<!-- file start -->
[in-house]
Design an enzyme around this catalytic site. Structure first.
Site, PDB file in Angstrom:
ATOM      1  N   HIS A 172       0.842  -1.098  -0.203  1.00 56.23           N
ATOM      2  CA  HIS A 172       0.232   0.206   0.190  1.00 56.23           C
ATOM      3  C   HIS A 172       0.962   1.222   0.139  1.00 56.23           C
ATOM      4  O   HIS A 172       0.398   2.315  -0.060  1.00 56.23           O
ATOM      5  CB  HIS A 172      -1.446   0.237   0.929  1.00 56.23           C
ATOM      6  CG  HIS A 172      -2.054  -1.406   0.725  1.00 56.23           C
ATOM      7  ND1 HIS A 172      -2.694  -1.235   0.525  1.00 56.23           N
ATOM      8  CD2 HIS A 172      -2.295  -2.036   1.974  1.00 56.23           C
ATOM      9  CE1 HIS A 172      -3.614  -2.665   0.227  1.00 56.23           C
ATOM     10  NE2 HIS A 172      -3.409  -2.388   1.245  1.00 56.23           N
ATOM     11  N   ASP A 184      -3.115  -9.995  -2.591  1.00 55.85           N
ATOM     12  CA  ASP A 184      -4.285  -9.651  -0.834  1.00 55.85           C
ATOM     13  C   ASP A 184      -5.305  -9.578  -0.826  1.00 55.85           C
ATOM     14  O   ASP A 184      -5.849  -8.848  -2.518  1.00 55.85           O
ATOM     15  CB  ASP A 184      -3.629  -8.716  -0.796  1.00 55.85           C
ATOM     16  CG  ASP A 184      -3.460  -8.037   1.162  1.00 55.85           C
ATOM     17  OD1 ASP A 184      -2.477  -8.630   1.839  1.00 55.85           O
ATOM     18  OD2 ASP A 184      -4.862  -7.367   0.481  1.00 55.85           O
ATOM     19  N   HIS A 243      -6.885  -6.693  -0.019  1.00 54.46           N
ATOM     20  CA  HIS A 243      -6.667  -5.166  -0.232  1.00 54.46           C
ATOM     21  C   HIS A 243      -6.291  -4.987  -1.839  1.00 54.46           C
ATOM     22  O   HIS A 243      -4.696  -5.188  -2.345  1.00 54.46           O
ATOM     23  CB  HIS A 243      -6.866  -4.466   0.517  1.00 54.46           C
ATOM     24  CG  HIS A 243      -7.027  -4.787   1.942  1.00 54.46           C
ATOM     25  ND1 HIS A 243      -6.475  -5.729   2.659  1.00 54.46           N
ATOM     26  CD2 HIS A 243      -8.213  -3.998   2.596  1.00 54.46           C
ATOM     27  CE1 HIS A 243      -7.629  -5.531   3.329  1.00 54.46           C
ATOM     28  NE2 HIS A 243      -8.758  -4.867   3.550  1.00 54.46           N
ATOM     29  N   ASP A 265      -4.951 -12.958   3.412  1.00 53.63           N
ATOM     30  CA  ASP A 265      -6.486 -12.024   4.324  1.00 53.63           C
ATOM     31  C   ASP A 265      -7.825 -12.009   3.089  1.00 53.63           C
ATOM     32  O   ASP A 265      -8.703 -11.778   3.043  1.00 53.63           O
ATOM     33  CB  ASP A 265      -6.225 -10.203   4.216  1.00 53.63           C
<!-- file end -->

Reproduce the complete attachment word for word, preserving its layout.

[in-house]
Design an enzyme around this catalytic site. Structure first.
Site, PDB file in Angstrom:
ATOM      1  N   HIS A 172       0.842  -1.098  -0.203  1.00 56.23           N
ATOM      2  CA  HIS A 172       0.232   0.206   0.190  1.00 56.23           C
ATOM      3  C   HIS A 172       0.962   1.222   0.139  1.00 56.23           C
ATOM      4  O   HIS A 172       0.398   2.315  -0.060  1.00 56.23           O
ATOM      5  CB  HIS A 172      -1.446   0.237   0.929  1.00 56.23           C
ATOM      6  CG  HIS A 172      -2.054  -1.406   0.725  1.00 56.23           C
ATOM      7  ND1 HIS A 172      -2.694  -1.235   0.525  1.00 56.23           N
ATOM      8  CD2 HIS A 172      -2.295  -2.036   1.974  1.00 56.23           C
ATOM      9  CE1 HIS A 172      -3.614  -2.665   0.227  1.00 56.23           C
ATOM     10  NE2 HIS A 172      -3.409  -2.388   1.245  1.00 56.23           N
ATOM     11  N   ASP A 184      -3.115  -9.995  -2.591  1.00 55.85           N
ATOM     12  CA  ASP A 184      -4.285  -9.651  -0.834  1.00 55.85           C
ATOM     13  C   ASP A 184      -5.305  -9.578  -0.826  1.00 55.85           C
ATOM     14  O   ASP A 184      -5.849  -8.848  -2.518  1.00 55.85           O
ATOM     15  CB  ASP A 184      -3.629  -8.716  -0.796  1.00 55.85           C
ATOM     16  CG  ASP A 184      -3.460  -8.037   1.162  1.00 55.85           C
ATOM     17  OD1 ASP A 184      -2.477  -8.630   1.839  1.00 55.85           O
ATOM     18  OD2 ASP A 184      -4.862  -7.367   0.481  1.00 55.85           O
ATOM     19  N   HIS A 243      -6.885  -6.693  -0.019  1.00 54.46           N
ATOM     20  CA  HIS A 243      -6.667  -5.166  -0.232  1.00 54.46           C
ATOM     21  C   HIS A 243      -6.291  -4.987  -1.839  1.00 54.46           C
ATOM     22  O   HIS A 243      -4.696  -5.188  -2.345  1.00 54.46           O
ATOM     23  CB  HIS A 243      -6.866  -4.466   0.517  1.00 54.46           C
ATOM     24  CG  HIS A 243      -7.027  -4.787   1.942  1.00 54.46           C
ATOM     25  ND1 HIS A 243      -6.475  -5.729   2.659  1.00 54.46           N
ATOM     26  CD2 HIS A 243      -8.213  -3.998   2.596  1.00 54.46           C
ATOM     27  CE1 HIS A 243      -7.629  -5.531   3.329  1.00 54.46           C
ATOM     28  NE2 HIS A 243      -8.758  -4.867   3.550  1.00 54.46           N
ATOM     29  N   ASP A 265      -4.951 -12.958   3.412  1.00 53.63           N
ATOM     30  CA  ASP A 265      -6.486 -12.024   4.324  1.00 53.63           C
ATOM     31  C   ASP A 265      -7.825 -12.009   3.089  1.00 53.63           C
ATOM     32  O   ASP A 265      -8.703 -11.778   3.043  1.00 53.63           O
ATOM     33  CB  ASP A 265      -6.225 -10.203   4.216  1.00 53.63           C